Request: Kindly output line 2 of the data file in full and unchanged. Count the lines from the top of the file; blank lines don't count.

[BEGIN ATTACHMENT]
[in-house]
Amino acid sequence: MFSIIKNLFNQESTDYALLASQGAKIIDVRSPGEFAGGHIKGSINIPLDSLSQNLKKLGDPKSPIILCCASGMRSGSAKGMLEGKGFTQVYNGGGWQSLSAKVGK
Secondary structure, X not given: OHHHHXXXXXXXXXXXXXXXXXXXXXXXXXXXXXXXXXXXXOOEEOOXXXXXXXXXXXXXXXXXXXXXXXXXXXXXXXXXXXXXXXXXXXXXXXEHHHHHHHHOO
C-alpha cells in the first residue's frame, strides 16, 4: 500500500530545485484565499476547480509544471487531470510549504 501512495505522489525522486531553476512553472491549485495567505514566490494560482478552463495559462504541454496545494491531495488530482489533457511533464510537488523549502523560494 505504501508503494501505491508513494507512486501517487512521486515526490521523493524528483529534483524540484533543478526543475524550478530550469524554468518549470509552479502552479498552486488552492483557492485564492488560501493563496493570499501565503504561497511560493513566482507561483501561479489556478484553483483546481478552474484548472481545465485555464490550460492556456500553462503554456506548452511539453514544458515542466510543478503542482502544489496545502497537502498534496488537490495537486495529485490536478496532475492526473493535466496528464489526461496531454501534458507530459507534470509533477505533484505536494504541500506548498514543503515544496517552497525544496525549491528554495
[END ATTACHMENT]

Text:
Amino acid sequence: MFSIIKNLFNQESTDYALLASQGAKIIDVRSPGEFAGGHIKGSINIPLDSLSQNLKKLGDPKSPIILCCASGMRSGSAKGMLEGKGFTQVYNGGGWQSLSAKVGK